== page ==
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Writing Regular Expressions Character Classes
In first tutorial How To Write Regular Expressions In .Net, I explained basics of regular expressions syntax used in .Net Framework. Also, you can Test .Net Regular Expressions with four online testers: Extract Data, Search and Replace, Data Validation and Split String. In this tutorial, we'll go one step further and demistify regular expressions character classes.
Character class matches any character from set (or we can say class) of characters.
Dot character as most general character class
Simplest character class is a dot or period ( . ) metacharacter. Dot matches any single character except a new line. It works similar like ? character in Windows search or _ character in SQL queries. For example, regular expression b.t will match words with any character between "b" and "t", for example: bit, bat, but, bot etc.
Dot is often used in validation scenario together with caret ( ^ ) and dollar ( $ ) metacharacters, where string must have certain length, but inside could contain different characters. To match dot as a literal, we need to escaped it. Regular expression \. will search for dots in text.
More limited character classes
Dot character is very general. You need to be sure that you really allow ANY character in expression. Often, developers need more limited classes. For example, if user should enter a postal code, then regular expression should accept only five digits, not five letters or spaces. Fortunatelly, there are six useful regex tokens:
\d - matches any digit. These are 1, 2, 3, 4, 5, 6, 7, 8, 9 or 0. So, expression \d\d\d will match any three digits in sequence.
\D - matches if character is not a digit (anything not matched by \d)
\w - matches any word character (any alphanumeric plus underscore ( _ ) )
\W - matches if character is not letter, digit or underscore (anything not matched by \w)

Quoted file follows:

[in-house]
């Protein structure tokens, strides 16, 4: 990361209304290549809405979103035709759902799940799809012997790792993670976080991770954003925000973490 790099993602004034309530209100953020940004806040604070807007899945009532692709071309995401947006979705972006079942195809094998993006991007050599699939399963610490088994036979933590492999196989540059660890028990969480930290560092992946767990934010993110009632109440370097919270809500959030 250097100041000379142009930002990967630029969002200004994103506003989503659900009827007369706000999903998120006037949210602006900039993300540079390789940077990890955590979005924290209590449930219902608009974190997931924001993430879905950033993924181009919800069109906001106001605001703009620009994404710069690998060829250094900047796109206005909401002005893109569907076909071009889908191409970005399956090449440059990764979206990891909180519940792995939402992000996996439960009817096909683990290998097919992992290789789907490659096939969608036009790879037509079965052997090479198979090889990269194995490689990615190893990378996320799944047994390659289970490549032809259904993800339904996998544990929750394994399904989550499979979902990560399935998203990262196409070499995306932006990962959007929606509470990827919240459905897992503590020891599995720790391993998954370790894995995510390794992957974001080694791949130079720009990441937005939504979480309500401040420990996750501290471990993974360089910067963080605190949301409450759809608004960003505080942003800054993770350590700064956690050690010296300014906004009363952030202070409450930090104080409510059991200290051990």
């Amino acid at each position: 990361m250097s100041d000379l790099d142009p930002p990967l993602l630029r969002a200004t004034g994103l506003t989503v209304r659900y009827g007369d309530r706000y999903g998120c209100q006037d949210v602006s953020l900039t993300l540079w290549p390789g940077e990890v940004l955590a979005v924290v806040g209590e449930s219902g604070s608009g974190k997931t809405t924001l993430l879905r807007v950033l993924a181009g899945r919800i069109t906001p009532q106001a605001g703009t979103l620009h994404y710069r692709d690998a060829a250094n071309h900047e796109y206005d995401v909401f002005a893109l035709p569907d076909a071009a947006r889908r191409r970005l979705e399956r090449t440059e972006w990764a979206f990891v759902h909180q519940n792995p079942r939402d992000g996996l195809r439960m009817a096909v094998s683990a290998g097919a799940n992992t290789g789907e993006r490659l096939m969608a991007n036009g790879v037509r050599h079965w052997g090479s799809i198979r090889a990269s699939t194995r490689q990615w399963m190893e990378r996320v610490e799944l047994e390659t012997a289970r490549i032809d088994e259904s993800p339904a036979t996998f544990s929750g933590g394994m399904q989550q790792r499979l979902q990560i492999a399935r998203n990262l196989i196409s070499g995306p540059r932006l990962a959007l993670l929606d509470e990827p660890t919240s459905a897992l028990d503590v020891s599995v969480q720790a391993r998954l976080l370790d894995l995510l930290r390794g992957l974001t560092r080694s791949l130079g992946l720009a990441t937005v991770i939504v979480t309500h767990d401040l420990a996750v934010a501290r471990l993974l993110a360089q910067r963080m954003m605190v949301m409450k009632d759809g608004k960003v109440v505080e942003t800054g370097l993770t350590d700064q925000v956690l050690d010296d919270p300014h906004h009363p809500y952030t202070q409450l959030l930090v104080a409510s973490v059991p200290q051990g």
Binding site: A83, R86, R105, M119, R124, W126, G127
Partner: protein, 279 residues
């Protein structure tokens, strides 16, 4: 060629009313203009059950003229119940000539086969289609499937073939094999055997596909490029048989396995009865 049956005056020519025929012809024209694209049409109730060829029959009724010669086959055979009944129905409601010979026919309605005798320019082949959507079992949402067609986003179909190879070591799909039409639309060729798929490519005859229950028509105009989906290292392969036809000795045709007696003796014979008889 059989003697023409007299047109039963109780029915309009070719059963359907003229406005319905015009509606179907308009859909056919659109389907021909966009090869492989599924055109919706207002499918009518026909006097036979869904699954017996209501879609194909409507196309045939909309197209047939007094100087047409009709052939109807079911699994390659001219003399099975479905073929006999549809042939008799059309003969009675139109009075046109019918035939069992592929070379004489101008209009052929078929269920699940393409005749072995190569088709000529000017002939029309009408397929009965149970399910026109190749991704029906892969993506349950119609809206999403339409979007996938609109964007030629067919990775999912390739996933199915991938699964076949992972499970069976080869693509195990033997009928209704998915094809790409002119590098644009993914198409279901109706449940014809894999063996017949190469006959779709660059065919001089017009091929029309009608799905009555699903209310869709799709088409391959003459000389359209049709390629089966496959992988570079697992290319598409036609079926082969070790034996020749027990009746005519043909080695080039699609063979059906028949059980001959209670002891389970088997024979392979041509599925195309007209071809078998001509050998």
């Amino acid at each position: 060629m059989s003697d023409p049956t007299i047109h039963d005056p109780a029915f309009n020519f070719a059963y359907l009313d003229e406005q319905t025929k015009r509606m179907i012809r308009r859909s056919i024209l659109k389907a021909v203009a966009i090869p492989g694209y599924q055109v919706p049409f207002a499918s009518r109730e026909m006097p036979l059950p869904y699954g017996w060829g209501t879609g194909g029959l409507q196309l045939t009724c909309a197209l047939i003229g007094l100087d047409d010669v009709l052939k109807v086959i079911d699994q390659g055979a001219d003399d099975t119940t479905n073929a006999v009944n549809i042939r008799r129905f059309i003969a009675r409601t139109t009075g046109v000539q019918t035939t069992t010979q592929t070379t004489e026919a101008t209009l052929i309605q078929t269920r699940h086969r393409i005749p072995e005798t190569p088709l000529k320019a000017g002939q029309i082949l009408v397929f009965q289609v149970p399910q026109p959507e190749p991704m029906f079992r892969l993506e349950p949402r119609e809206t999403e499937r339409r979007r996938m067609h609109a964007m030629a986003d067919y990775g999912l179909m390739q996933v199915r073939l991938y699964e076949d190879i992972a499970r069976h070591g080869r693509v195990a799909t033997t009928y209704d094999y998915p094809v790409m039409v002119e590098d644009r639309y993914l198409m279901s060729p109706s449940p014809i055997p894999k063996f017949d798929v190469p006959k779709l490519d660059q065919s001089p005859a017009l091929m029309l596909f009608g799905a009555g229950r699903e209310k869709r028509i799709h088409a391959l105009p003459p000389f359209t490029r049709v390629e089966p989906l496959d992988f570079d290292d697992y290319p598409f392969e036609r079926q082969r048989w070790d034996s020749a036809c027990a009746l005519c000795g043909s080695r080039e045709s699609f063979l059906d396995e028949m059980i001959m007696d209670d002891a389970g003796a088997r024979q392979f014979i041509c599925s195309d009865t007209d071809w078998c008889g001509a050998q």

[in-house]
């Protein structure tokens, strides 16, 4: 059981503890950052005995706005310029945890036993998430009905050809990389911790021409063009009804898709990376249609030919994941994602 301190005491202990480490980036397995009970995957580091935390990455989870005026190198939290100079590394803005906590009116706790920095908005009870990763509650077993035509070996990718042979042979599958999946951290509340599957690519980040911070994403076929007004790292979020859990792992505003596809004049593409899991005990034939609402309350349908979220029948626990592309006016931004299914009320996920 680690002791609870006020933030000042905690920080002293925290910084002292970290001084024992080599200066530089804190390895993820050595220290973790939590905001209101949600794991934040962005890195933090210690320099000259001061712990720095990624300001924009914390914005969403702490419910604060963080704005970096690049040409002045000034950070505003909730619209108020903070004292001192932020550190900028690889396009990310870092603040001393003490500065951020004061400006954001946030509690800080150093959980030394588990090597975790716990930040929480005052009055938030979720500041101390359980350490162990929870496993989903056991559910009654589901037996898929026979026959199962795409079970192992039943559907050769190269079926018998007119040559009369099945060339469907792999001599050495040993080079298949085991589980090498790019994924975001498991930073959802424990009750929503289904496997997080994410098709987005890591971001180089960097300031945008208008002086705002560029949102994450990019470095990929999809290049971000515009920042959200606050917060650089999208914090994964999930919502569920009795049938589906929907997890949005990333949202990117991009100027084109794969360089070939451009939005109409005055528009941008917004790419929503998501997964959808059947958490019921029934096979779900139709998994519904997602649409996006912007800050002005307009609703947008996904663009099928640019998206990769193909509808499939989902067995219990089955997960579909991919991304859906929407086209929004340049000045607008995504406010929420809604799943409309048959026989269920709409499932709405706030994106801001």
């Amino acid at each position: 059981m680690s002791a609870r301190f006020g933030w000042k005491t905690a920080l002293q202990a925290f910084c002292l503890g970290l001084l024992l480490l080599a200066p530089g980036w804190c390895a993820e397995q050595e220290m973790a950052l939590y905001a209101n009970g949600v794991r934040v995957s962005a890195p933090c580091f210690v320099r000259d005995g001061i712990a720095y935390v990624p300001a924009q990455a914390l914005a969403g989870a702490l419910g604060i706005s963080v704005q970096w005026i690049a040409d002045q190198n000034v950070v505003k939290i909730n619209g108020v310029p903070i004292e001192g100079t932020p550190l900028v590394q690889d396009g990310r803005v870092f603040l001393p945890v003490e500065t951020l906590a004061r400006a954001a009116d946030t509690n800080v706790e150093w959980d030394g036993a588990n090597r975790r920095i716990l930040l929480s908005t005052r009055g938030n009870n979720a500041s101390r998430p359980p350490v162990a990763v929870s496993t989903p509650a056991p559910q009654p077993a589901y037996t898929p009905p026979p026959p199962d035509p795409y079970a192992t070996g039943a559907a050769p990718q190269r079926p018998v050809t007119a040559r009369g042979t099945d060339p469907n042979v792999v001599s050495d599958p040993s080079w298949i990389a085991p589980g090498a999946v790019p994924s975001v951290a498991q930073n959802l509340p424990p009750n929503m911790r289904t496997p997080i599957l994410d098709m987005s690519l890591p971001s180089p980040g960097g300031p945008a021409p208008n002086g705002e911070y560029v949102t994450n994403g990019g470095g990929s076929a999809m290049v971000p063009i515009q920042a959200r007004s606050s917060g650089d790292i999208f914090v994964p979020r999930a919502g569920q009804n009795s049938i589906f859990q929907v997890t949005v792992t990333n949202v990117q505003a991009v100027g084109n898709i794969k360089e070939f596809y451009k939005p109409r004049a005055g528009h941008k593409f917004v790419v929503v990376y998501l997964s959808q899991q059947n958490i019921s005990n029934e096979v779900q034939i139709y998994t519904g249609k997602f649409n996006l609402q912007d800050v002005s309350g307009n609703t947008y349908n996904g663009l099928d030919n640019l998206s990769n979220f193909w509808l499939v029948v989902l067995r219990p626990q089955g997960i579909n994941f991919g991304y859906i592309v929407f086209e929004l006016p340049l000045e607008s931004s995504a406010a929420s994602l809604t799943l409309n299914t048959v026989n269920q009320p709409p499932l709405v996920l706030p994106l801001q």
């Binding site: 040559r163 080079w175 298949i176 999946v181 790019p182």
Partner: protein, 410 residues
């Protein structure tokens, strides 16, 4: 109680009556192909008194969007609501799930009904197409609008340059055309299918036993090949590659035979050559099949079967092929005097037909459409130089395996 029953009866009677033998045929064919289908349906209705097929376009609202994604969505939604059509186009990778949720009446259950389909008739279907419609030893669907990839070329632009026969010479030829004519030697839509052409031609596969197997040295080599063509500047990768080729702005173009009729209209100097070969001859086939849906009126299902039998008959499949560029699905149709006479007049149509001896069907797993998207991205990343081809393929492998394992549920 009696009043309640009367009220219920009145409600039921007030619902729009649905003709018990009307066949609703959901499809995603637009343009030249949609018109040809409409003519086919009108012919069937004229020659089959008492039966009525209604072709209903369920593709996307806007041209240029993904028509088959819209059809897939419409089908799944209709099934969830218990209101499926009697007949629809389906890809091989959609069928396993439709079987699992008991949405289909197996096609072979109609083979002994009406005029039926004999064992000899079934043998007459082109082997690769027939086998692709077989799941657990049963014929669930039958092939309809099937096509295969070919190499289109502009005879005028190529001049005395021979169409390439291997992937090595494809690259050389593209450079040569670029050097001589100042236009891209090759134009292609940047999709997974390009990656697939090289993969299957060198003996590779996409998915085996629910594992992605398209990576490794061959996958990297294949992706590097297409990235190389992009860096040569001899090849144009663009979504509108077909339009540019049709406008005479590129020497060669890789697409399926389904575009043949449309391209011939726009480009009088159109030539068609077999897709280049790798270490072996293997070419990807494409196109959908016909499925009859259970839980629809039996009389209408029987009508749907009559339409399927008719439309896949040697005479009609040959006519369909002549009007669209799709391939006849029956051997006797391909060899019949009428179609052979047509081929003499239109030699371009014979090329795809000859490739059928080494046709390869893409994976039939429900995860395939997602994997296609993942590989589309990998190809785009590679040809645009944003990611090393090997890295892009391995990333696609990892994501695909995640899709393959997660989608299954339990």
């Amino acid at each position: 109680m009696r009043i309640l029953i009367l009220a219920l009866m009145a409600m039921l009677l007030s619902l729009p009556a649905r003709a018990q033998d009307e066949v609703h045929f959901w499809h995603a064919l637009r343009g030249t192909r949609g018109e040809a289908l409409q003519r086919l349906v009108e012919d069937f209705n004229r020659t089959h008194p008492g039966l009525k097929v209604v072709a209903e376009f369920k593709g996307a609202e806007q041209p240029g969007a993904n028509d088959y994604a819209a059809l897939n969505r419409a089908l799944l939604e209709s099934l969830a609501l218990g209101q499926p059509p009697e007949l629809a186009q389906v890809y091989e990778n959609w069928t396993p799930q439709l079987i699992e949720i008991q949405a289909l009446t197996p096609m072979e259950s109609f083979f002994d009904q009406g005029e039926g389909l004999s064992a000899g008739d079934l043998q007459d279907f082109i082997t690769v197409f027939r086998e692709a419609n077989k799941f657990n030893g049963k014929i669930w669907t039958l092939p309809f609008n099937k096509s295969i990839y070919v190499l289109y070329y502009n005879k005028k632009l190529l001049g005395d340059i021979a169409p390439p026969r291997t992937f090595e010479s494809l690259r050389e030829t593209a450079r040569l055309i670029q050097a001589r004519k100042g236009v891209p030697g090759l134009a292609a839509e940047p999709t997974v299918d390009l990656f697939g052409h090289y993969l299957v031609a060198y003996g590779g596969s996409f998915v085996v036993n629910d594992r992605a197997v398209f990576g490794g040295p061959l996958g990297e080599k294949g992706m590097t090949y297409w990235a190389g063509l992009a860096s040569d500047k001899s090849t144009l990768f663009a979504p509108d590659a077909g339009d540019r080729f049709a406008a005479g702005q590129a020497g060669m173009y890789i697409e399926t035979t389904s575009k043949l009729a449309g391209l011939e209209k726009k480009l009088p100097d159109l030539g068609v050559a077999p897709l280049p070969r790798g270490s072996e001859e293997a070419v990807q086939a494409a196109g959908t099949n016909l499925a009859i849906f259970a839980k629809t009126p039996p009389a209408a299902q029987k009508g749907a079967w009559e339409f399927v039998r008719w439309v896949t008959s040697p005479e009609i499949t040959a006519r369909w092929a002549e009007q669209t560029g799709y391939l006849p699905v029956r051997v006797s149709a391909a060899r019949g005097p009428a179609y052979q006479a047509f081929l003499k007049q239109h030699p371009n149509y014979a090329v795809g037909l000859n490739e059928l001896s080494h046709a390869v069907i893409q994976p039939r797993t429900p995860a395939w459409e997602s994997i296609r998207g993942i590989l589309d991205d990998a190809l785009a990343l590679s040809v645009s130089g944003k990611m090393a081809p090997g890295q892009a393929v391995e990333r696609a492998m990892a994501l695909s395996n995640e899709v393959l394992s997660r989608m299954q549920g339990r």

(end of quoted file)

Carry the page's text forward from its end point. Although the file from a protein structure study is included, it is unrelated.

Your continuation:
\s - whitespace character (for example space or tab)
\S - character is not a whitespace character (like digits, letters,... in general anything not matched by \s)
Character classes using brackets
[ ... ] is general form of character classes. All other forms mentioned above are just shorhands of this. Inside "[" and "]", we can place set of two or more characters, and expression will match any of that characters.
For example, m[ae]n matches man or men (inside [ ] are letters "a" and "e", so expression looks for any of them); expression b[aeoui]t matches bat, bet, bot, but, bit.
Character classes could be used to make case insensitive parts of expression even if you don't use RegexOptions.IgnoreCase. For example, to match all possible variations of string RegEx, you can write [rR][eE][gG][eE][xX]. This will match regex, Regex, RegEx etc.
Character class ranges
Dash ( - ) is used to describe a range of characters so we don't need to list them all one by one. For example:
[1-6] is shorter but the same as , and expression [5-8] is like .
[0-9] means any digit, it is equal to \d
[a-z] means any lowercase letter (reversed, like [z-a] or [9-4] ranges are not allowed)
[A-Z] means any uppercase letter
Finally, you can write [0-9a-zA-Z] to match any digit, or any lower case letter, or any upper case letter
If you want to search for a dash ( - ) as literal, place it first inside character class, like this: [-abc] matches a or b or c or -.
One interesting thing, since \d is negation of \D, \w is negation of \W and \s is negation of \S. Thus, expressions [\d\D], [\w\W] and [\s\S] are all equal.
Negated character classes and class subtraction
Caret ( ^ ) inside square brackets, immediately after [ opening bracket, means NOT (outside of the square brackets indicates start of the string). Thus, expression [^0-9] means not a digit. If ^ is not on first position inside character class, matches just literal ^ and has no special meaning.
Notice that metacharacters, like ., /, | etc., inside class are not metacharacter and have not special meaning. Because of that, expression m[a|e]n will match strings man, men, but also m|n string too.
It is possible to subtract classes. For example, expression [a-z-[o-t]] means that expression matches all characters in a-z range except characters in o-t range.
As you see, character classes can make regular expressions shorter and easier to read. Check .Net Regular Expressions Syntax in case that you forget the meaning of some element of regular expression syntax. To find out how to use regular expressions in C# or VB.NET check Using Regex Class in ASP.NET tutorial.
In .Net Regular Expressions Quantifiers tutorial I will cover quantifiers, one more step in creating powerful regular expressions. Happy coding!
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